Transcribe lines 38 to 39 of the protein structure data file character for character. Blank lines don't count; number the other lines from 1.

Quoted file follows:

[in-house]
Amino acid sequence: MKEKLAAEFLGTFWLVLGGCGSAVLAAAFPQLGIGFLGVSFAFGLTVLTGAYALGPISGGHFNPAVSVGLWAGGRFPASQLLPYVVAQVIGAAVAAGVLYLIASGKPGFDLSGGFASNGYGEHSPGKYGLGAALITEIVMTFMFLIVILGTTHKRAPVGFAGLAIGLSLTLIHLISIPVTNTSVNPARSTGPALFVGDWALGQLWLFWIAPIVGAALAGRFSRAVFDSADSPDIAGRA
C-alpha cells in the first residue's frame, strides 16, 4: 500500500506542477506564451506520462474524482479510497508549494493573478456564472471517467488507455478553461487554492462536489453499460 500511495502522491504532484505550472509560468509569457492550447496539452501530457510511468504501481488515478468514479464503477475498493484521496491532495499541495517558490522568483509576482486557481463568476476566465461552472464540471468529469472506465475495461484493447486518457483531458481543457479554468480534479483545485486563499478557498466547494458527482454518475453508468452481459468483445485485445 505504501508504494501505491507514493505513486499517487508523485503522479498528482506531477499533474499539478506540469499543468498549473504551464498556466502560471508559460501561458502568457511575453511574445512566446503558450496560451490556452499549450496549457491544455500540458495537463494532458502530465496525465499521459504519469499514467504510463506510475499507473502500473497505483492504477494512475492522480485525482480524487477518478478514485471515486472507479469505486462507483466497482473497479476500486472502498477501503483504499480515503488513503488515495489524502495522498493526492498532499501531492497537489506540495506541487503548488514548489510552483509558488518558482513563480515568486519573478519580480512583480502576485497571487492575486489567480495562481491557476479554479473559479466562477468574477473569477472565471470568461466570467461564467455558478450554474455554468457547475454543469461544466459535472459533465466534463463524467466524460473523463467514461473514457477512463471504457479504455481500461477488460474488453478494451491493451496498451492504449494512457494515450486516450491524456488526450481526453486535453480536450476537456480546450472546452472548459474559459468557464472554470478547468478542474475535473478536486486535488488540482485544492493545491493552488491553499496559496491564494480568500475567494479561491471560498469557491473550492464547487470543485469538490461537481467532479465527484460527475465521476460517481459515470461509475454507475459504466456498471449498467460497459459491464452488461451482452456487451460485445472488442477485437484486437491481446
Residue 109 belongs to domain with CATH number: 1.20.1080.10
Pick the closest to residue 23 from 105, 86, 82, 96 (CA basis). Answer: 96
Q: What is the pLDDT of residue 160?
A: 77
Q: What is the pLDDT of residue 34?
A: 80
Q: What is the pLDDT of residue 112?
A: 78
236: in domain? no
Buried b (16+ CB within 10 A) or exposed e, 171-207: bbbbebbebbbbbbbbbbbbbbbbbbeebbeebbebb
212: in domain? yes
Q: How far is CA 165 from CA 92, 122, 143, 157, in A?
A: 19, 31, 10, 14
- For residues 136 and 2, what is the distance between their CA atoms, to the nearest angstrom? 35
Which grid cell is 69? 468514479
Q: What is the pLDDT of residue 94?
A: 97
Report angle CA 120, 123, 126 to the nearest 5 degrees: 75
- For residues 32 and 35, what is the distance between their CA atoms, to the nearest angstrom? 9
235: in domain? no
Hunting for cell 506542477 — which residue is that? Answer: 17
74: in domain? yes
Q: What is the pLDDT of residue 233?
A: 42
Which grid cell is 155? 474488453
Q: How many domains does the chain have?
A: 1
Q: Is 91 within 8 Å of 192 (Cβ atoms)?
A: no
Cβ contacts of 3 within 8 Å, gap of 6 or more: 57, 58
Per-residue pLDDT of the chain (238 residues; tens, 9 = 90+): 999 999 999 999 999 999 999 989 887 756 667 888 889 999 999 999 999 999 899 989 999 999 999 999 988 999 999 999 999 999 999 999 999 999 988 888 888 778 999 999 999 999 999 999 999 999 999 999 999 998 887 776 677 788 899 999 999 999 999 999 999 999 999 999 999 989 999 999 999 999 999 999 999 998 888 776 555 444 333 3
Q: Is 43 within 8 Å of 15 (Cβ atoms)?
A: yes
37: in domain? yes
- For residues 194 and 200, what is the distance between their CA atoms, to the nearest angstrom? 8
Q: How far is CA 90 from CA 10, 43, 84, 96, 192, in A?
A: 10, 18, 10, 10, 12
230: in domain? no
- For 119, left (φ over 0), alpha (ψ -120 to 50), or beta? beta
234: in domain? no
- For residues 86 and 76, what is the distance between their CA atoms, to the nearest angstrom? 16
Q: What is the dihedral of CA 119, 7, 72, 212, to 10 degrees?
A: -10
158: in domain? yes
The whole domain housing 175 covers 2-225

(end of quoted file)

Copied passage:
- For residues 194 and 200, what is the distance between their CA atoms, to the nearest angstrom? 8
Q: How far is CA 90 from CA 10, 43, 84, 96, 192, in A?